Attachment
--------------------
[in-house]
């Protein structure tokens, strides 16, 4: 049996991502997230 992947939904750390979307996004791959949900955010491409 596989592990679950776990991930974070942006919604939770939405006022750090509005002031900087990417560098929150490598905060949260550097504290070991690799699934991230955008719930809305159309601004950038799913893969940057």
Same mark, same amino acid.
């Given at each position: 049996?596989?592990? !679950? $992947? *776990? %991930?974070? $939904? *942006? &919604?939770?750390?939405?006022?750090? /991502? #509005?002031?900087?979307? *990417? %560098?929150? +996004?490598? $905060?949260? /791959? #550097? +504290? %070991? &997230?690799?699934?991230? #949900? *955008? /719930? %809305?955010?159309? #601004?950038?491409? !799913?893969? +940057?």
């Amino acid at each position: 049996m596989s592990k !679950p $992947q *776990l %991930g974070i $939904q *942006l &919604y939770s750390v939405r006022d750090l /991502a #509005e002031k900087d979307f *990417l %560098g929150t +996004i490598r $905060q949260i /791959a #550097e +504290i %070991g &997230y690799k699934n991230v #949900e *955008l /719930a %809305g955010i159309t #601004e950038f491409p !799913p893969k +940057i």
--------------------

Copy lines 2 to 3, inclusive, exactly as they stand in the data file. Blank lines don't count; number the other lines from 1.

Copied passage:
């Protein structure tokens, strides 16, 4: 049996991502997230 992947939904750390979307996004791959949900955010491409 596989592990679950776990991930974070942006919604939770939405006022750090509005002031900087990417560098929150490598905060949260550097504290070991690799699934991230955008719930809305159309601004950038799913893969940057």
Same mark, same amino acid.